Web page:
I asked this in the chat and it was suggested I ask on the main site.

There's been a seemingly perpetual severe weather outbreak over the central and eastern U.S. over the past two weeks. Killer EF3s in Jefferson City, MO, Dayton, OH, and El Reno; flash flooding in Oklahoma; severe storms in Illinois/the Ohio Valley/Mid Atlantic; the tornadic supercells in northern NJ/Staten Island, the list goes on, and on, and on.

On top of this, the southeastern U.S. is seeing record high temperatures (earliest-ever triple digit temps for Alabama) and a heat wave is currently (as of today, Wednesday 5/29) smothering the east coast. What has been the synoptic and mesoscale (fronts, upper-air) setup that can explain this unusual pattern?

  • $\begingroup$ The midwestern US (with rain & tornados) isn't the entire US. Parts of the west (where I live) have been unusually cool & wet, though I wouldn't call that "severe". More like a blessing, given a near-record snowpack after several drought years :-) $\endgroup$
    – jamesqf
    Commented May 30, 2019 at 17:41
  • $\begingroup$ @gansub: Current western US weather is not typical of El Nino years. $\endgroup$
    – jamesqf
    Commented May 31, 2019 at 5:29
  • $\begingroup$ @gansub: That report is from Midland, Texas, which is in the middle of the country, not all that far from the Missouri, Oklahoma, &c places that're having floods & tornados. Not much connection to the California/Sierra Nevada West, AFAIK. Anyway, I never said there wasn't an El Nino, just that from what I've read it's a fairly weak one, and this spring's weather hereabouts is not typical of such. $\endgroup$
    – jamesqf
    Commented May 31, 2019 at 17:55
  • $\begingroup$ @gansub: It depends on where you're looking from, of course :-) But Colorado, and particularly the parts east of the Front Range, are roughly a thousand miles from the Sierra Nevada, so I would expect different weather patterns - e.g. influence from the Gulf of Mexico & Canadian prairies. $\endgroup$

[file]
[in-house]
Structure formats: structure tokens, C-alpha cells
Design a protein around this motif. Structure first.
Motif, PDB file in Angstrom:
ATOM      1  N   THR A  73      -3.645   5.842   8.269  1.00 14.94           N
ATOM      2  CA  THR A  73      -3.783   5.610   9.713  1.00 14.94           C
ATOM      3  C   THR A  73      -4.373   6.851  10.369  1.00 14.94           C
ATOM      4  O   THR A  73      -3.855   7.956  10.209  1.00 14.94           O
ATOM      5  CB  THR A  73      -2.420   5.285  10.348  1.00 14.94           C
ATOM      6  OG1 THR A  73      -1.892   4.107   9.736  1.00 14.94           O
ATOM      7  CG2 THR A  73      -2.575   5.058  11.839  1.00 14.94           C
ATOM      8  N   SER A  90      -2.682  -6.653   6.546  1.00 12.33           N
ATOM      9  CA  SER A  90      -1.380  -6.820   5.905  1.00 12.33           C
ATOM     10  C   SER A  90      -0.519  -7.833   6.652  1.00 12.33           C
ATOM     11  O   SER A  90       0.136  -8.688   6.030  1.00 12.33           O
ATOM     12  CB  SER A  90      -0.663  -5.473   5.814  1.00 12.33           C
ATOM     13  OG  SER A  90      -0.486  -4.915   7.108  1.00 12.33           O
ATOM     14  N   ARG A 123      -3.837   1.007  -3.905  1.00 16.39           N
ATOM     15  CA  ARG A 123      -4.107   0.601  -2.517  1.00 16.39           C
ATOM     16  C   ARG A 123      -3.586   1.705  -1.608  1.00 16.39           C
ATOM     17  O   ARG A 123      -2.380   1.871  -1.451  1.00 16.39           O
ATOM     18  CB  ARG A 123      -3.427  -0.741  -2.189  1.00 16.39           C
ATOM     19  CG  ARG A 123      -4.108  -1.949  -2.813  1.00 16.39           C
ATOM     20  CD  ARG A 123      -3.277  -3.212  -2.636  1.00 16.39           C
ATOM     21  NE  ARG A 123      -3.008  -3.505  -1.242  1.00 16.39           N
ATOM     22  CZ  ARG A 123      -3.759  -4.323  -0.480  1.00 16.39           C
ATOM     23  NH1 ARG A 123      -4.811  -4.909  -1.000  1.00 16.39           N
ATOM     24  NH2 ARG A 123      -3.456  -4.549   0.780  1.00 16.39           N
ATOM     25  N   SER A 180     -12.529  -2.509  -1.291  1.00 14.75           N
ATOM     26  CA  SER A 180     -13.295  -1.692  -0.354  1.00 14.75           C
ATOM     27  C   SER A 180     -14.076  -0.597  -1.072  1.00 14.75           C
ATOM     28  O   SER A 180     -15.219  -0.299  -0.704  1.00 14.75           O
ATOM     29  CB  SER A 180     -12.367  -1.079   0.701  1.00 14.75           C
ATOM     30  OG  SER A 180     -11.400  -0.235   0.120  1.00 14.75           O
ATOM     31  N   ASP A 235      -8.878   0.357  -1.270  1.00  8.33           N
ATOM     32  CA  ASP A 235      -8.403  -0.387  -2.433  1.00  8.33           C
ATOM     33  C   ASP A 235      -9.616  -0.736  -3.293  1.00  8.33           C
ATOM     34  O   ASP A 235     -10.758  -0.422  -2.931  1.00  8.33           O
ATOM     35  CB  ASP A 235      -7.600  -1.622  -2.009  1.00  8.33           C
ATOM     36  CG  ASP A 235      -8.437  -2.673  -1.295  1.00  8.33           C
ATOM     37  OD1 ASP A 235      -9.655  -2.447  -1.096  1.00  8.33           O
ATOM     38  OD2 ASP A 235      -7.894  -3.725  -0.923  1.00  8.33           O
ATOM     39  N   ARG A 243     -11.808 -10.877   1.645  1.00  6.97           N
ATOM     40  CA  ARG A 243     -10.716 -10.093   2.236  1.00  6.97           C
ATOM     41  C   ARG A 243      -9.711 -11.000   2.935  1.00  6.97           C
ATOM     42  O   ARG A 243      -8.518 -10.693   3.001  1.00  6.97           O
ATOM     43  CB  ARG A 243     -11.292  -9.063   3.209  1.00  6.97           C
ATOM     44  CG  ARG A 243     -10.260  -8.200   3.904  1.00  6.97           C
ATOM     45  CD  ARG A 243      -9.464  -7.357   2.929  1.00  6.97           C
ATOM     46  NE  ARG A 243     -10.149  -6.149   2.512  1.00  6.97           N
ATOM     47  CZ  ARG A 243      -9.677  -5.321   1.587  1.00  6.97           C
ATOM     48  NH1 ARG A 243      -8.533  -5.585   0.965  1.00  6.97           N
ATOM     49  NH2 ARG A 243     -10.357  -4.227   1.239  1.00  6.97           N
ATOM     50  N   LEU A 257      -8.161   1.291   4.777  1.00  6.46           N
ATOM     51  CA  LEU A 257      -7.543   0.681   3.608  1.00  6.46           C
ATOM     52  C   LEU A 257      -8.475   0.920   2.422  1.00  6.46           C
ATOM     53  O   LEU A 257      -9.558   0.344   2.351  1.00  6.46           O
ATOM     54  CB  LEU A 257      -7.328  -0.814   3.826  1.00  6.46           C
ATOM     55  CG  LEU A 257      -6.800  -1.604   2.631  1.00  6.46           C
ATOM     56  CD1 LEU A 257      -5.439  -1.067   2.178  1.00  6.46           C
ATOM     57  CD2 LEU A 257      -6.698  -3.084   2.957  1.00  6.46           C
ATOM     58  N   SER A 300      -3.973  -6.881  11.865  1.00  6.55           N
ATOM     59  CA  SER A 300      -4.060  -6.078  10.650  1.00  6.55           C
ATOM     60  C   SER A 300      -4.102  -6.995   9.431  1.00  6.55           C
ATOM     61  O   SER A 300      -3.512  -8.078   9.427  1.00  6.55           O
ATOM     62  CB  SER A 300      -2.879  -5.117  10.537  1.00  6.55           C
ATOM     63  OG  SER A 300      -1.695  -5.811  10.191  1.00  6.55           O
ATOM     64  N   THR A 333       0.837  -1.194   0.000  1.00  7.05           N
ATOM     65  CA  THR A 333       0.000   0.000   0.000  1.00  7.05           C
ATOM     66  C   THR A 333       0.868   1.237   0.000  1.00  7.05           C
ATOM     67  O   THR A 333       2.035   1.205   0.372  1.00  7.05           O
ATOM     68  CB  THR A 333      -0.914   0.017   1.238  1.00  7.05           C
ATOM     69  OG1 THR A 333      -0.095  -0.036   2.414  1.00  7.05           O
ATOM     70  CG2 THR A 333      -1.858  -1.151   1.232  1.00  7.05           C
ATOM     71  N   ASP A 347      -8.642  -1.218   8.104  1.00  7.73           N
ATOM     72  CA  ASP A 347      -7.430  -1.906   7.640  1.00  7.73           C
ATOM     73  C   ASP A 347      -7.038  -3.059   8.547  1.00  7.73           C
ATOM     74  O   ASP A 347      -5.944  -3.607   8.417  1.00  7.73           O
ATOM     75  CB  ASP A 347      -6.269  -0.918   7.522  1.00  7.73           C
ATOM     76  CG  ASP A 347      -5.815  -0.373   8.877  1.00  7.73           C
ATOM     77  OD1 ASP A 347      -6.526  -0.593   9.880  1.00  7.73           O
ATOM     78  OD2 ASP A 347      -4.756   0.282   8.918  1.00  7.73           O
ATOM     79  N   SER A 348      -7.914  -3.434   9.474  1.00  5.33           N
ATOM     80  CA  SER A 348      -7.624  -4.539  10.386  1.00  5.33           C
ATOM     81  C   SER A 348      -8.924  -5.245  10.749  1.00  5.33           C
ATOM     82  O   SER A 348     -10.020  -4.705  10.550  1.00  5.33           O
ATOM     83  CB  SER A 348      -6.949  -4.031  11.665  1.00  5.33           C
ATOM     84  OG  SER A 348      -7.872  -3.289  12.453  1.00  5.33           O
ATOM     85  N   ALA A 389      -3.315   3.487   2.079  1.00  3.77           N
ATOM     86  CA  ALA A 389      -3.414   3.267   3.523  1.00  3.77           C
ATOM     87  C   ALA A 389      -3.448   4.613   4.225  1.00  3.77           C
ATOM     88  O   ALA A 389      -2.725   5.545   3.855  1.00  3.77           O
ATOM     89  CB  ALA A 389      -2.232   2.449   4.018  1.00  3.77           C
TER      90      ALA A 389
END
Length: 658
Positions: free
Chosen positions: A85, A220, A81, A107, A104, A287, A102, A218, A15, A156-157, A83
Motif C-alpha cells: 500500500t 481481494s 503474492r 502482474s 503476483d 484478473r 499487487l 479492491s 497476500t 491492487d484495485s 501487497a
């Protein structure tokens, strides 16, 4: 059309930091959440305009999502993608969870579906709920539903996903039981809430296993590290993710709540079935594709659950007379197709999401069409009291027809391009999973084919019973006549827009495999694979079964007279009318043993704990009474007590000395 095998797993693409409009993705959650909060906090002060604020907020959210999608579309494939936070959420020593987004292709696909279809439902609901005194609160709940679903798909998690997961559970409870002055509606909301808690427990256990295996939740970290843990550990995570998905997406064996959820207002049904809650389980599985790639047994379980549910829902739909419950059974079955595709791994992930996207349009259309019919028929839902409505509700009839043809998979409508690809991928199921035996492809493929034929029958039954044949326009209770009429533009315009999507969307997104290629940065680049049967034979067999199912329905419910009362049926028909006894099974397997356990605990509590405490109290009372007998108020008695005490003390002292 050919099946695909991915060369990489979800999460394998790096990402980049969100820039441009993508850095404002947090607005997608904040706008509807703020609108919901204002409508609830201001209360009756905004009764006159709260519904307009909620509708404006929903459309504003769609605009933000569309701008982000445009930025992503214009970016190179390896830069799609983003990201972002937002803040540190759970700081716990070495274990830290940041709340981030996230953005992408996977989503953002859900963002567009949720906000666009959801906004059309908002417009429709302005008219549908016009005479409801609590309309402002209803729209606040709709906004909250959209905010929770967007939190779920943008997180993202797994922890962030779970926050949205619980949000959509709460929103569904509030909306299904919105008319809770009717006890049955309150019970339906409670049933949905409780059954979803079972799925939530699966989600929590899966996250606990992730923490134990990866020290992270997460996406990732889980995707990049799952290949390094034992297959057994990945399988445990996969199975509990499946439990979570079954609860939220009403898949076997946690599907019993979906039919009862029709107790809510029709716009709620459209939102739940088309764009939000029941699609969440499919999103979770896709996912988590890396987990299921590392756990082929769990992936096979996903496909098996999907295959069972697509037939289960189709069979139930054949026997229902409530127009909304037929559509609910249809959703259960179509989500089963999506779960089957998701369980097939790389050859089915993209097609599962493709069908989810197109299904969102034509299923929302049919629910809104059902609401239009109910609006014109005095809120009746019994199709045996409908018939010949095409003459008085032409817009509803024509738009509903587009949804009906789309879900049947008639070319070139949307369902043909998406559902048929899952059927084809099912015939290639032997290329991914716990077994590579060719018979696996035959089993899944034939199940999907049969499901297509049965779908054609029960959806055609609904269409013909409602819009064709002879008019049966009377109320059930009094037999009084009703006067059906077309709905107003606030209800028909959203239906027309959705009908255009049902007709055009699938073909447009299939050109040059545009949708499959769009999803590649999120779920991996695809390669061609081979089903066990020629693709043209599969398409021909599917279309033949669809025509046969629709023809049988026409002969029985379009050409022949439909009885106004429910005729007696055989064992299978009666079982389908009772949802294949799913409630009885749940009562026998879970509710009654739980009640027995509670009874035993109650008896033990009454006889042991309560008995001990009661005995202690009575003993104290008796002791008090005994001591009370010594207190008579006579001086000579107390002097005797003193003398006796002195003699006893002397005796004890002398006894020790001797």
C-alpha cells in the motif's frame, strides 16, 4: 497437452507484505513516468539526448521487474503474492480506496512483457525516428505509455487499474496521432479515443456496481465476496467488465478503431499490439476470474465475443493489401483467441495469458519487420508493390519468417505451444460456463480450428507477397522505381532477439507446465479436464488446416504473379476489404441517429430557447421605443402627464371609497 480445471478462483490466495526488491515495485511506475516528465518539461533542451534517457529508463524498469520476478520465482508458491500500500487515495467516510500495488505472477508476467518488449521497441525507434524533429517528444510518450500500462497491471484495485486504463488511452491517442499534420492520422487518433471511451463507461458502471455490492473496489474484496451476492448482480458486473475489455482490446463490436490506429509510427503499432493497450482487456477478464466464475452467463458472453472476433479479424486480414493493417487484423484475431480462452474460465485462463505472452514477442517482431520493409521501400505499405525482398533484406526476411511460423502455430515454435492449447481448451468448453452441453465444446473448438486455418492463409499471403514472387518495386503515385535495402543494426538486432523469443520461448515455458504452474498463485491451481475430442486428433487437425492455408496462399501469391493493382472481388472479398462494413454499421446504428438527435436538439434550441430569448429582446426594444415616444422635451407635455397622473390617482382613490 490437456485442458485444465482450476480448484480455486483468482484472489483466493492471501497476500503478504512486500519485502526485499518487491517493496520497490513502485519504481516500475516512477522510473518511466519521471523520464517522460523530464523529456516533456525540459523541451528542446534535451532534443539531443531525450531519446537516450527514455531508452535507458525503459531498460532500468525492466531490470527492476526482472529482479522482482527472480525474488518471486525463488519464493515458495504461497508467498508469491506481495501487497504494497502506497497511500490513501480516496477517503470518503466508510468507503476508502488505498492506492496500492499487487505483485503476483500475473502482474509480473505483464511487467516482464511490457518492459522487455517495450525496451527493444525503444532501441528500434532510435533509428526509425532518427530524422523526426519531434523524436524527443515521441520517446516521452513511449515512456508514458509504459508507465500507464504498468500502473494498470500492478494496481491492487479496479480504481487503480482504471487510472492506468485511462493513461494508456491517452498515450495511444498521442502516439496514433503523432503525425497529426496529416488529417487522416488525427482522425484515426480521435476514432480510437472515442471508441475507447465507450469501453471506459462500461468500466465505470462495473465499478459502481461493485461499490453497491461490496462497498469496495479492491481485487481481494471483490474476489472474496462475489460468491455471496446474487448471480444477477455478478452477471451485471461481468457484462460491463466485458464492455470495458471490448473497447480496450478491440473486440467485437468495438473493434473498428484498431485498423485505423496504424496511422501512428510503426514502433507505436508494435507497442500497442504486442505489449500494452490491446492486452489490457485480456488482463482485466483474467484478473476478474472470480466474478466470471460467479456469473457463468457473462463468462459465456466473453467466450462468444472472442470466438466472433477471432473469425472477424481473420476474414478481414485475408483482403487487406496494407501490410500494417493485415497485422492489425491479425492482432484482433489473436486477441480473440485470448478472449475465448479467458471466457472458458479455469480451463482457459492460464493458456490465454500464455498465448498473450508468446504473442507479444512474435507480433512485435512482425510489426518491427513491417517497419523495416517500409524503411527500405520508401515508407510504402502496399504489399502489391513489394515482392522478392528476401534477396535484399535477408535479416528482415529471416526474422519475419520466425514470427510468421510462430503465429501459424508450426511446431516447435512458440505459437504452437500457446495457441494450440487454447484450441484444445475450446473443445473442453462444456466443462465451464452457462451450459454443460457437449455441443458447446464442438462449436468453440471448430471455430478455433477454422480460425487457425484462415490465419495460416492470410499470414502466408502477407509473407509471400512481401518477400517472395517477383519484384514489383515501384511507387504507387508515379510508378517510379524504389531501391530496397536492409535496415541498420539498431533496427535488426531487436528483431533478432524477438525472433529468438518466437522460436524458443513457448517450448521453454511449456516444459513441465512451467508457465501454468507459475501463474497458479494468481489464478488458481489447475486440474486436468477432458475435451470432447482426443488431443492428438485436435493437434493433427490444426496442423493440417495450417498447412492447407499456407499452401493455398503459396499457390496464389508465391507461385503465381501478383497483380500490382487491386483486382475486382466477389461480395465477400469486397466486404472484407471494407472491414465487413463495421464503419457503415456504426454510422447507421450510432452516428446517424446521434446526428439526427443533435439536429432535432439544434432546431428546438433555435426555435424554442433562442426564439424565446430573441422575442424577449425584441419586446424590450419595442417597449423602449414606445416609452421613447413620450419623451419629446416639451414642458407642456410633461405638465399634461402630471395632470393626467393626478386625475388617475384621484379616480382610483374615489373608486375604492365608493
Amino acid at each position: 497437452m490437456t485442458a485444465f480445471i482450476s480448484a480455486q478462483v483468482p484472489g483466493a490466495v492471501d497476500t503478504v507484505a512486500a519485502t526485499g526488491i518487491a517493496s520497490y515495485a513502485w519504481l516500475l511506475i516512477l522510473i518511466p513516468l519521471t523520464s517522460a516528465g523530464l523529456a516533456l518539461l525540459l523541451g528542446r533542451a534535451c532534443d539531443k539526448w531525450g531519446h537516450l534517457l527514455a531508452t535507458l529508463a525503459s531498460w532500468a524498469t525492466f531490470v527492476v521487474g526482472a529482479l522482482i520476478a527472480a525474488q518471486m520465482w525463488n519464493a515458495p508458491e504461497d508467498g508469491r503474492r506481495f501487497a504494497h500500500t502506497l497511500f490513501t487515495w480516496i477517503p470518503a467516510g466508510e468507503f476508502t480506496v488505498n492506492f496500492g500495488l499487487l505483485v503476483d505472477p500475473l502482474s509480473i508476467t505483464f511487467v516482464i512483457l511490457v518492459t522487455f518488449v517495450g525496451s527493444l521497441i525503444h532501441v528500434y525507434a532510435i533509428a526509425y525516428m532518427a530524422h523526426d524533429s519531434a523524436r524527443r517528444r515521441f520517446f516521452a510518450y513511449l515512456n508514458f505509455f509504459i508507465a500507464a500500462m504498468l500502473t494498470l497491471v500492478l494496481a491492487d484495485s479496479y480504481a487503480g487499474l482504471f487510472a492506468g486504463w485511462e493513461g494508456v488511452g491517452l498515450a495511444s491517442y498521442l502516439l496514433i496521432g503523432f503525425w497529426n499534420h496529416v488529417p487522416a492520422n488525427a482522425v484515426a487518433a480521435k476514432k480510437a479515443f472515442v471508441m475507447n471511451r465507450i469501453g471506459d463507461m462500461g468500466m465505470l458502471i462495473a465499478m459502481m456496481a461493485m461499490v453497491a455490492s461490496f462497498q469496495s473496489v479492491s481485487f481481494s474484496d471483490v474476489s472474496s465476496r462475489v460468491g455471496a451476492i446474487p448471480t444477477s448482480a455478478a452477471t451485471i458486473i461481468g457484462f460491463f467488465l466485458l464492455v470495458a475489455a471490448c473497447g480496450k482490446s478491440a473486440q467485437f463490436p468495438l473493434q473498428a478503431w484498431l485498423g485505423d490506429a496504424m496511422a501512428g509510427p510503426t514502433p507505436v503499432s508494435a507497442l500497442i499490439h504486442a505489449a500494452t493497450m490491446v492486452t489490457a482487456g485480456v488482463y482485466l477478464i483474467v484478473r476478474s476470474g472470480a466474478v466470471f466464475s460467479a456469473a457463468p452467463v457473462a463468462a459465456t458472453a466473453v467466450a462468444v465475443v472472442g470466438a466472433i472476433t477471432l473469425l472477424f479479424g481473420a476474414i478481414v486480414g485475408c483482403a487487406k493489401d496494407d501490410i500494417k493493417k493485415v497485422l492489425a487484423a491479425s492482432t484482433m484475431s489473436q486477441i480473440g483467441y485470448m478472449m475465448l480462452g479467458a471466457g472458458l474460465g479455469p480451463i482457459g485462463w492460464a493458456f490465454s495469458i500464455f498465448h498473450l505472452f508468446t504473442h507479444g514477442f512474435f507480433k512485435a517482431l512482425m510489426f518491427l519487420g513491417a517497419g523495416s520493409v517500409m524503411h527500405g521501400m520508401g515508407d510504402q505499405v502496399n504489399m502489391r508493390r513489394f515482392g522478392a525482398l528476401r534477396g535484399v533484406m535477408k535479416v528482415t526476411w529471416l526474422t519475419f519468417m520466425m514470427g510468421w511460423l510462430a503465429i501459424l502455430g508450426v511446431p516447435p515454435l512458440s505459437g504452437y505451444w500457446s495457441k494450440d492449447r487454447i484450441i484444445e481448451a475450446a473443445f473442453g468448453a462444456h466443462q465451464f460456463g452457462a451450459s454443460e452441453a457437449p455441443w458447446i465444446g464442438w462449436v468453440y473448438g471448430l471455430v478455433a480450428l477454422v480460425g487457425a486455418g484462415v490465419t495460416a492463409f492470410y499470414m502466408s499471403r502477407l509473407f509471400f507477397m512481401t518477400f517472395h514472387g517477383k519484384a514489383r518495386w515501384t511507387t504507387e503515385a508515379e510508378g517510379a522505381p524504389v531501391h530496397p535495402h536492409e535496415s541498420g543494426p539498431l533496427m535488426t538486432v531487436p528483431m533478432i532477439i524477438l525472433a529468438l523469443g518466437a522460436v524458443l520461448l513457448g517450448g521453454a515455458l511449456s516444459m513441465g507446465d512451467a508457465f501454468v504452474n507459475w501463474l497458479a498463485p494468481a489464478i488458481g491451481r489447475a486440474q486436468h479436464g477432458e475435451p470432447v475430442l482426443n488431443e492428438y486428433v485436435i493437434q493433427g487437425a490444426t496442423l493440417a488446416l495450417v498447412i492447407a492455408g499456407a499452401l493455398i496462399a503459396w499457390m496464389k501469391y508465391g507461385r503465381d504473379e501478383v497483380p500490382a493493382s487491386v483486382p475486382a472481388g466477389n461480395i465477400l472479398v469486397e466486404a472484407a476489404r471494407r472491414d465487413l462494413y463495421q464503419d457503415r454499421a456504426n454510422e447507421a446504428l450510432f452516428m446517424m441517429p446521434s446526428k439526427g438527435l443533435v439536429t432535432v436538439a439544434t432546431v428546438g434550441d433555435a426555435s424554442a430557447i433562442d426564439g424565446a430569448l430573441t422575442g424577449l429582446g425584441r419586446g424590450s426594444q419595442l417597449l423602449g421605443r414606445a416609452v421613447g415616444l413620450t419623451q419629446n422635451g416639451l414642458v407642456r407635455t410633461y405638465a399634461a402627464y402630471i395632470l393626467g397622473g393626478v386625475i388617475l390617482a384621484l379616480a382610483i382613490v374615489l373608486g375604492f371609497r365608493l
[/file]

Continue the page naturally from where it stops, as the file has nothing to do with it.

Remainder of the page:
– jamesqf
    Commented Jun 1, 2019 at 17:45

1 Answer 1


Summarizing the comments I made above in this question and in this one - Does this weather pattern have a name ? I believe significant parts of the US are experiencing a Stationary Front for the past one month. There has been plenty of media coverage of this event and if you google the term "stationary front" under news one will receive a lot of links to the TV news media with meteorologists giving detailed analysis of this event.

A few summarized below -

1) Week's bleak weather not an unusual spring occurrence

2)A stationary front is stuck across the middle parts of Illinois and Indiana

I will attempt to provide a synoptic scale explanation of the event from reanalysis data.

1) From JMA's site - wave activity flux derived from stream function from April 29th through May 28th 2019

an upper level look at the 200 hPa surface reveals that an equatorward trajectory of the wave activity flux vector(seen as small arrows) is seen from the Upper North Pacific. Climatologically Rossby Wave Breaking can occur from boreal fall to boreal spring. The signal is seen at 30 day , 10 day period and 7 day period and 5 day period. The signal is present in the raw data as well as in the anomaly. Most importantly this wave activity flux is directed towards the continental USA all the way from New Mexico to the Great Lakes region.